Toponymy[edit]

The commune name in béarnais is Aràmits (according to classical norm of Occitan). For Brigitte Jobbé-Duval,[2] the origin of the name is from the Basque aran ("valley") and -itz (a locative and collective suffix) giving "place of valleys" or "confluence".[6] It would also indicate that the inhabitants were once nicknamed grenouilles (frogs) - a name for the inhabitants of wetlands).

The following table details the origins of the commune name and other names in the commune.

Name Spelling Date Source Page Origin Description
Aramits Aramiçs 1270 Raymond
7
Ossau Village
Aramitz en Baratons 1376 Raymond
7
Luntz
Iramitz 1383 Raymond
7
Luntz
Sent-Vinsens d'Aramitz 1606 Raymond
7
Insinuations
Aramys 1630 Grosclaude Le Païs de Béarn Map
Aramits 1750 Cassini
L'Arrigau lo ariu aperat la Rigau 1538 Raymond
12
Reformation Stream with its source in Arette and joining the Vert in Aramits
L'Arrigas 1863 Raymond
Basques Basques 1863 Raymond
22
Hamlet
La Bourette La Bourette 1863 Raymond
35
Tributary of the Vert which rises in Aramits
Le Bois de Bugangue lo boscq de Buyangue 1477 Raymond
37
Aspe Wood on the territory of Asasp in 1863. The Ruisseau de Bugangue, a tributary of the Mielle which rose in Asasp and Gurmençon in 1863, passed through the wood.
Calangué La Calangue 1863 Raymond
39
A Stream with its source in the Bois de Budangue and joining the Dandarou, a tributary of the Vert.
Gouloume Goulomme 1863 Raymond
72
Wood
La Grange-d'Osse L’Espitau d’Osse 1385 Raymond
73
Census Farm next to the Vert belonging to Pontaut Abbey[7](Landes) and a fief of the Viscounts of Béarn depending on the bailiwick of Oloron.
La Grange de Osse ab une petite gleysi 1538 Raymond
73
Reformation
Lanne de Haut Lane 1385 Raymond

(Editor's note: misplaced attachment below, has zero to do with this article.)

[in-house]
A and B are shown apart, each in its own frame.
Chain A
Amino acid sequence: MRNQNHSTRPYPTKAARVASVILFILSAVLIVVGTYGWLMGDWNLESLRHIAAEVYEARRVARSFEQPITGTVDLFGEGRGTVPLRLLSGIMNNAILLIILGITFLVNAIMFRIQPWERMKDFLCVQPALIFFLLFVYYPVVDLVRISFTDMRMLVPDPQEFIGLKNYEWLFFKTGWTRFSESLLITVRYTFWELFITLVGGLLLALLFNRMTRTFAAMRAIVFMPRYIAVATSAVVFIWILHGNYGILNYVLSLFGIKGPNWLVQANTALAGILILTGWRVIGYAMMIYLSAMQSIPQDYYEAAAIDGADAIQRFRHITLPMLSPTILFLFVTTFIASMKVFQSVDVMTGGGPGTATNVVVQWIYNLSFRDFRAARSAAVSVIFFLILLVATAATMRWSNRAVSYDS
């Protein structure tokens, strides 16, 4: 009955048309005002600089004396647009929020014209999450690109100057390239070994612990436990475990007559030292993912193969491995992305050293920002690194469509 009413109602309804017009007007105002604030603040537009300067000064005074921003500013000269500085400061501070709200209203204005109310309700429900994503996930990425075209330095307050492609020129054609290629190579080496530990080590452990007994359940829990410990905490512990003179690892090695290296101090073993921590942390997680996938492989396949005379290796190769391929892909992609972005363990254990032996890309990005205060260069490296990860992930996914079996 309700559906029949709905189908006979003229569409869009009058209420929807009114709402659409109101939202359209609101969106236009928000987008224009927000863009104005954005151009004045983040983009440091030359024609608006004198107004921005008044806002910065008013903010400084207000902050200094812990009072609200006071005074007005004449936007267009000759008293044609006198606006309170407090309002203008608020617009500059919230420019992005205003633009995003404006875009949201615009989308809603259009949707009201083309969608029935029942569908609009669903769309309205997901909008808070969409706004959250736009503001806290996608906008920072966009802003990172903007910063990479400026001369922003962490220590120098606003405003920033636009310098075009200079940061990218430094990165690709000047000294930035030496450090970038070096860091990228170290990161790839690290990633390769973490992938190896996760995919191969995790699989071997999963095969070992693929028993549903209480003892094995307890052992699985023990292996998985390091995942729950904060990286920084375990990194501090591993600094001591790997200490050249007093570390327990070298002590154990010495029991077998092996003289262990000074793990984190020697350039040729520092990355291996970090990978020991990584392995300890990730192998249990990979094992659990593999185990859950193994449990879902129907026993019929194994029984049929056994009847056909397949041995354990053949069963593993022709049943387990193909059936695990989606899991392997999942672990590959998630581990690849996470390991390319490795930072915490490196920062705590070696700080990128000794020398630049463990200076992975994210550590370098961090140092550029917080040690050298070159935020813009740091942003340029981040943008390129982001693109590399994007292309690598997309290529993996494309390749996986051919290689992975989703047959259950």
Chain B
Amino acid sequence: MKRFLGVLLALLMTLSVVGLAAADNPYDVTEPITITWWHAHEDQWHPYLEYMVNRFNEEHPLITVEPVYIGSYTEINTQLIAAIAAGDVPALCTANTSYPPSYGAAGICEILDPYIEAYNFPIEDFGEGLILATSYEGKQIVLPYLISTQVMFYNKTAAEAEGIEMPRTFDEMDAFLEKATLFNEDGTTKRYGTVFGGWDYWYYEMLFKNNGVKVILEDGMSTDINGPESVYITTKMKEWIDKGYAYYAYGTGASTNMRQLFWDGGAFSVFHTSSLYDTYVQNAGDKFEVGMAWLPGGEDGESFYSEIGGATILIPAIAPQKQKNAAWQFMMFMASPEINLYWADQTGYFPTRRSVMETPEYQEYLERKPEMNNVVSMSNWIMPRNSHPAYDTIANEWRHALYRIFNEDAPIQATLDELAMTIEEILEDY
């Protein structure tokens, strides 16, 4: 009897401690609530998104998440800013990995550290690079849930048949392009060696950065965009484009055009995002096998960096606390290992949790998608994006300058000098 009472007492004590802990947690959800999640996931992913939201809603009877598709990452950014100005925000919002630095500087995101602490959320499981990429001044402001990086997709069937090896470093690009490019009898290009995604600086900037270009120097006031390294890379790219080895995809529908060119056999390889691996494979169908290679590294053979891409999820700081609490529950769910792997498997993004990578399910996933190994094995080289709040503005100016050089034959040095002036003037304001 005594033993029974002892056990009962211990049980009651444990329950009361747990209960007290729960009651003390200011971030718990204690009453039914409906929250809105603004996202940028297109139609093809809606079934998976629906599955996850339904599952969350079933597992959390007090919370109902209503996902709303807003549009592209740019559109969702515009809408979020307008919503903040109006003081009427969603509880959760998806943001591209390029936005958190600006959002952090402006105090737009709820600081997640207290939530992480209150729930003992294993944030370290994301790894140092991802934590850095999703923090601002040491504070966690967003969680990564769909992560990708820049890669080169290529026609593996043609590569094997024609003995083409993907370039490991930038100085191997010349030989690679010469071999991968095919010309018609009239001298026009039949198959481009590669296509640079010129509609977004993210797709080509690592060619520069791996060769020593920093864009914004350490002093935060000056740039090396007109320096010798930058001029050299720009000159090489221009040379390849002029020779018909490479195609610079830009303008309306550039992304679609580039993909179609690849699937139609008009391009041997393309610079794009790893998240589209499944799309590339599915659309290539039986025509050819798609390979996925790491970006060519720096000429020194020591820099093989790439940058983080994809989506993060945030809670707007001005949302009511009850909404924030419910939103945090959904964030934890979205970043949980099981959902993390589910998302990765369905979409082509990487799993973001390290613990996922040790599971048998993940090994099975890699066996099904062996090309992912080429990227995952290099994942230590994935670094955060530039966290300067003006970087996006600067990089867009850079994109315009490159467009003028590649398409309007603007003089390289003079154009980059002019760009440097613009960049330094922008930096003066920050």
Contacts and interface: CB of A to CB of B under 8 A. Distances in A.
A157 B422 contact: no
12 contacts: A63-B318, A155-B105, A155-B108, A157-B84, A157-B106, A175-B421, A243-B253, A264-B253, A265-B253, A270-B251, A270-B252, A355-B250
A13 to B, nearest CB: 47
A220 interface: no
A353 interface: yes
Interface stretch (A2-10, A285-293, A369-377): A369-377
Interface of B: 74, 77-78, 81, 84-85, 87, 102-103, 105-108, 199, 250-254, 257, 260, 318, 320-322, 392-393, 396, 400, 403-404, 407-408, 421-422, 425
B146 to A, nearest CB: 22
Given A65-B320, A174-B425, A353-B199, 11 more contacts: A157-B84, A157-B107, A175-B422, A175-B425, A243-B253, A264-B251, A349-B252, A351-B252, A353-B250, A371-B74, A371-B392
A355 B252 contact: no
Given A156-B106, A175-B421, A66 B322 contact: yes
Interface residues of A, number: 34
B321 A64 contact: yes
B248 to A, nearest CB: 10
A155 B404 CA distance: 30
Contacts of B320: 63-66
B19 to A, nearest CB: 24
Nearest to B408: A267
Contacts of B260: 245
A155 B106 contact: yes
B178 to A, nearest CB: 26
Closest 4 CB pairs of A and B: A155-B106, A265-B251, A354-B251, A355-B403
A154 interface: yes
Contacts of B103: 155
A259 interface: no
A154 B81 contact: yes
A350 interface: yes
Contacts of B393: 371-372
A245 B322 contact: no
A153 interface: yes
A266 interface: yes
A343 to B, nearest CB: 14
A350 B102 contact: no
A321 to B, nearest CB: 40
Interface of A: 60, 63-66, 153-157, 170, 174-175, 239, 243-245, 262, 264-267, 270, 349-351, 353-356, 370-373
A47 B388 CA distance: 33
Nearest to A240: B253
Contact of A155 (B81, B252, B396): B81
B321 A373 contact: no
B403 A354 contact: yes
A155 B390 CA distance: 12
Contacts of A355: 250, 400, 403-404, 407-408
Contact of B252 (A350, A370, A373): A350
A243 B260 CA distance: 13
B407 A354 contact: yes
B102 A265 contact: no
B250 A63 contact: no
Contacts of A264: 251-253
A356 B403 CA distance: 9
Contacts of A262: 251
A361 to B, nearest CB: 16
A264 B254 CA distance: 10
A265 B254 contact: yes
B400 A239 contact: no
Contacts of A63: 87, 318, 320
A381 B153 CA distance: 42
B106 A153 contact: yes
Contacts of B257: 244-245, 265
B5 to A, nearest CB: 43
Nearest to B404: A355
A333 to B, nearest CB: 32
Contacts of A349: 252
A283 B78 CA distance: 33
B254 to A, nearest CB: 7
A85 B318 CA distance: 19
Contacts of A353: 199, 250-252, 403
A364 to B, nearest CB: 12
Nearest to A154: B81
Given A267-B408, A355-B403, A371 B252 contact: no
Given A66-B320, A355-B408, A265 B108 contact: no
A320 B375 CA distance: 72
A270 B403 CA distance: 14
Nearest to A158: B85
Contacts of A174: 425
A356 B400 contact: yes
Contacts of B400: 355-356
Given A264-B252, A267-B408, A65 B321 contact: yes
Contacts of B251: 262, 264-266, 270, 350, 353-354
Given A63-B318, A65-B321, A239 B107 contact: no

92
Census Close to another place in Aramits which is now in the commune of Lanne-en-Barétous. It had a Lay Abbey, vassal of the Viscounts of Béarn. In 1385 it was part of the bailiwick of Oloron and had 17 fires.
Lana 1444 Raymond
92
Cour Majour
Sanctus Martinus de Lanne 1673 Raymond
92
Insinuations
Lanne 1863 Raymond
92
Olivé Oliber 1538 Raymond
124
Reformation Farm
Serreuille Seruilhe 1376 Raymond
160
Military Hamlet
Sarrulhe-Susoo 1385 Raymond
160
Census
Sarrulhe-Jusoo 1385 Raymond
160
Census
Soulou Soulon 1581 Raymond
163
Reformation Farm

Sources:

Origins:

History[edit]

Paul Raymond on page 7 of his 1863 dictionary that Aramits is the former capital of the Barétous valley and that there were two Lay Abbeys, vassals of the Viscounts of Béarn: The Abadie-Susan and Abadie-Jusan.

He further noted that in 1385 there were 52 fires at Aramits and it depended on the bailiwick of Oloron.[5]

Shortly before (in 1375), the priest of Aramits played the role of mediator in conflicts between the Spaniards and the French which gave birth to the treaty called the Junta de Roncal.

In 1790, the Canton of Aramits also included Esquiule.

On 13 March 2000 Aramits was hit by an earthquake of magnitude 4.2.

Heraldry[edit]

Arms of Aramits
Blazon:

Vert, two swords Argent saltirewise points to base surmounted by a musketeer's hat of Sable feathered in Argent.



Administration[edit]

List of Successive Mayors[16]

From To Name Party Position
1983 1989 Pierre Louis
1989 2014 Daniel Lourtau
2014 2020 Étienne Serna

(Not all data is known)

Inter-communality[edit]

Aramits is part of five inter-communal structures:

  • The Community of communes of the Barétous Valley;
  • The SIVU for Tourism in Haute-Soule and Barétous;
  • The SIVU La Verna;
  • The Energy Association for Pyrénées-Atlantiques;
  • The Intercommunal association for study and management of the watershed of Le Vert and its tributaries.

Demography[edit]

In 2009 the commune had 677 inhabitants. The evolution of the number of inhabitants is known from the population censuses conducted in the commune since 1793. From the 21st century, a census of communes with fewer than 10,000 inhabitants is held every five years, unlike larger towns that have a sample survey every year.[Note 1]